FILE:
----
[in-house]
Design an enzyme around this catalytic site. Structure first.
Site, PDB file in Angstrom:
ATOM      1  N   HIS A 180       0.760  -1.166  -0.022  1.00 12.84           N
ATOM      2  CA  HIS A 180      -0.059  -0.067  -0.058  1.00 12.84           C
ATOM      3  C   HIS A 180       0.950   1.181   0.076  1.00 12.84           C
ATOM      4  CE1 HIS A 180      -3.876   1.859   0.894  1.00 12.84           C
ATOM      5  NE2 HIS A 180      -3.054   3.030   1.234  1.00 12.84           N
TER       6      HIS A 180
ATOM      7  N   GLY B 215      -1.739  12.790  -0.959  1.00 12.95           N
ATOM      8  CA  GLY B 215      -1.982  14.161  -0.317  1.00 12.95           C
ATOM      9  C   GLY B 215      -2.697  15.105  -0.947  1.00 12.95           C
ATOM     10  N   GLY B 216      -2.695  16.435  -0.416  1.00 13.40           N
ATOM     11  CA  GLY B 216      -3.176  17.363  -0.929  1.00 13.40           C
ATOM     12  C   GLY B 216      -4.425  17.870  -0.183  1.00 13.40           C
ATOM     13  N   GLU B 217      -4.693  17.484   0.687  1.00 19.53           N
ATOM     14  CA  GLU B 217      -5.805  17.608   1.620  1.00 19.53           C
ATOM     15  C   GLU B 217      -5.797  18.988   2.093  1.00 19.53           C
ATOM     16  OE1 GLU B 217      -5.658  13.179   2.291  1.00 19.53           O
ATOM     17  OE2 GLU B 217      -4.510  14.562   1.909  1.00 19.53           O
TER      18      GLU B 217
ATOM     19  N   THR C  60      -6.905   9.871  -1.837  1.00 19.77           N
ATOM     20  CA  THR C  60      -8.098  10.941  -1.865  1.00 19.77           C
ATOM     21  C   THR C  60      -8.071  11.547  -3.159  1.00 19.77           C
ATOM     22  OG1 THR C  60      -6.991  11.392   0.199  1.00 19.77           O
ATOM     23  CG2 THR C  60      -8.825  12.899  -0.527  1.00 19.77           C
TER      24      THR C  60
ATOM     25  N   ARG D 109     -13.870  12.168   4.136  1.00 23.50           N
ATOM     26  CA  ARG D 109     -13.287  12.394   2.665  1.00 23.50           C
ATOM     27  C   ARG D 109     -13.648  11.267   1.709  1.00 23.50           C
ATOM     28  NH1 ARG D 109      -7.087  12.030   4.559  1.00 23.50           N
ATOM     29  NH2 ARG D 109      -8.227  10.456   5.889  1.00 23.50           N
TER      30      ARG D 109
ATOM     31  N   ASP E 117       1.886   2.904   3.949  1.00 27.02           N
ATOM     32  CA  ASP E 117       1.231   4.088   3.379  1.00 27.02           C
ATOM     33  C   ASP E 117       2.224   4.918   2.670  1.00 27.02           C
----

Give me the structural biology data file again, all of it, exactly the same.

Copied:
[in-house]
Design an enzyme around this catalytic site. Structure first.
Site, PDB file in Angstrom:
ATOM      1  N   HIS A 180       0.760  -1.166  -0.022  1.00 12.84           N
ATOM      2  CA  HIS A 180      -0.059  -0.067  -0.058  1.00 12.84           C
ATOM      3  C   HIS A 180       0.950   1.181   0.076  1.00 12.84           C
ATOM      4  CE1 HIS A 180      -3.876   1.859   0.894  1.00 12.84           C
ATOM      5  NE2 HIS A 180      -3.054   3.030   1.234  1.00 12.84           N
TER       6      HIS A 180
ATOM      7  N   GLY B 215      -1.739  12.790  -0.959  1.00 12.95           N
ATOM      8  CA  GLY B 215      -1.982  14.161  -0.317  1.00 12.95           C
ATOM      9  C   GLY B 215      -2.697  15.105  -0.947  1.00 12.95           C
ATOM     10  N   GLY B 216      -2.695  16.435  -0.416  1.00 13.40           N
ATOM     11  CA  GLY B 216      -3.176  17.363  -0.929  1.00 13.40           C
ATOM     12  C   GLY B 216      -4.425  17.870  -0.183  1.00 13.40           C
ATOM     13  N   GLU B 217      -4.693  17.484   0.687  1.00 19.53           N
ATOM     14  CA  GLU B 217      -5.805  17.608   1.620  1.00 19.53           C
ATOM     15  C   GLU B 217      -5.797  18.988   2.093  1.00 19.53           C
ATOM     16  OE1 GLU B 217      -5.658  13.179   2.291  1.00 19.53           O
ATOM     17  OE2 GLU B 217      -4.510  14.562   1.909  1.00 19.53           O
TER      18      GLU B 217
ATOM     19  N   THR C  60      -6.905   9.871  -1.837  1.00 19.77           N
ATOM     20  CA  THR C  60      -8.098  10.941  -1.865  1.00 19.77           C
ATOM     21  C   THR C  60      -8.071  11.547  -3.159  1.00 19.77           C
ATOM     22  OG1 THR C  60      -6.991  11.392   0.199  1.00 19.77           O
ATOM     23  CG2 THR C  60      -8.825  12.899  -0.527  1.00 19.77           C
TER      24      THR C  60
ATOM     25  N   ARG D 109     -13.870  12.168   4.136  1.00 23.50           N
ATOM     26  CA  ARG D 109     -13.287  12.394   2.665  1.00 23.50           C
ATOM     27  C   ARG D 109     -13.648  11.267   1.709  1.00 23.50           C
ATOM     28  NH1 ARG D 109      -7.087  12.030   4.559  1.00 23.50           N
ATOM     29  NH2 ARG D 109      -8.227  10.456   5.889  1.00 23.50           N
TER      30      ARG D 109
ATOM     31  N   ASP E 117       1.886   2.904   3.949  1.00 27.02           N
ATOM     32  CA  ASP E 117       1.231   4.088   3.379  1.00 27.02           C
ATOM     33  C   ASP E 117       2.224   4.918   2.670  1.00 27.02           C